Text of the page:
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ISRO’s GSLV-F12 Successfully Launches Navic Satellite NVS-01 into Orbit

GSLV-F12 successfully put the 2G navigation satellite into the predetermined orbit.

The Indian Space Research Organisation’s (ISRO) Geosynchronous Satellite Launch Vehicle (GSLV) carrying the navigation satellite NVS-01 was launched from Sriharikota and placed into orbit on Monday. With this, ISRO aims to enhance the continuity of the Navigation Constellation in India (NavIC) service through the launch of the satellite.

The 51.7-meter rocket blasted off from a second launch pad about 130 kilometres from Chennai. It took off at its scheduled time of 10:42 am under clear skies.

The second-generation navigation satellite series is considered a major launch that will ensure the continuity of NavIC services – India’s regional satellite navigation system, similar to GPS, providing accurate and real-time navigation in the country and areas extending up to 1,500 km Around the mainland.

“The signal from NavIC is designed to provide users with positioning accuracy better than 20 meters and timing accuracy better than 50 nanoseconds,” ISRO said.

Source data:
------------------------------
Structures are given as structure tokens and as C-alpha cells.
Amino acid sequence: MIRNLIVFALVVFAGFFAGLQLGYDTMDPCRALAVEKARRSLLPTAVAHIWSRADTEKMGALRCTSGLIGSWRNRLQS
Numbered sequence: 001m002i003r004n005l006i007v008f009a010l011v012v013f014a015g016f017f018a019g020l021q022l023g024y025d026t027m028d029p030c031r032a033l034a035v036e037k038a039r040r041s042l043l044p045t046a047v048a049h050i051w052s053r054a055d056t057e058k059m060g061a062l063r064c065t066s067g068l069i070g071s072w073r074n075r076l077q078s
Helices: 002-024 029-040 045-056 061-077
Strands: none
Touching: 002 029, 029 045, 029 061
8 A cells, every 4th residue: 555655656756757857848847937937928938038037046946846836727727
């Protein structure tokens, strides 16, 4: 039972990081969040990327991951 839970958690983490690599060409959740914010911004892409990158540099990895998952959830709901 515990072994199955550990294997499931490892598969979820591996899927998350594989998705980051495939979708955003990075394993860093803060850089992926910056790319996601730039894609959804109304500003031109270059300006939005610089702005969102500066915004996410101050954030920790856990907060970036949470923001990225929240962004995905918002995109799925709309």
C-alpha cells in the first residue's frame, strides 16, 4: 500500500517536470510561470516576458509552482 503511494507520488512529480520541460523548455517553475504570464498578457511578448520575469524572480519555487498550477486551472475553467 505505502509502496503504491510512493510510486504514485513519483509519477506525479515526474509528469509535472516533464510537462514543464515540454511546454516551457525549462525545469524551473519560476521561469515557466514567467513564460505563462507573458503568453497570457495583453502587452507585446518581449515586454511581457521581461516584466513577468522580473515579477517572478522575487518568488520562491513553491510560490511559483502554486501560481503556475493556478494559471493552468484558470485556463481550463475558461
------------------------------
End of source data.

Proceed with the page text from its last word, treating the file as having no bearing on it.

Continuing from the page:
Nearly 20 minutes after lift-off, the rocket plans to place the 2,232 kg satellite into geosynchronous transfer orbit (GTO) at an altitude of about 251 km. The NVS-01 carries navigation payloads L1, L5 and S-band.

The second-generation satellite will also carry a self-developed rubidium atomic clock. ISRO’s early scientists used imported atomic clocks.

ISRO has developed the NavIC system to meet national positioning, navigation and timing requirements, especially in civil aviation and military.

NavIC, earlier known as the Indian Regional Navigation Satellite System (IRNSS), was designed with a constellation of seven satellites and a network of ground stations operating 24×7.

It provides two services – Standard Location Service (SPS) for civilian users and Restricted Service for strategic users.

NavIC SPS signals are interoperable with US GNSS signals, GPS, Russian GLONASS, Galileo (EU) and Chinese Beidou signals.

Monday’s mission was the GSLV’s sixth operational flight with an indigenous cryogenic stage. NVS-01 is expected to have a mission life of more than 12 years, ISRO said.

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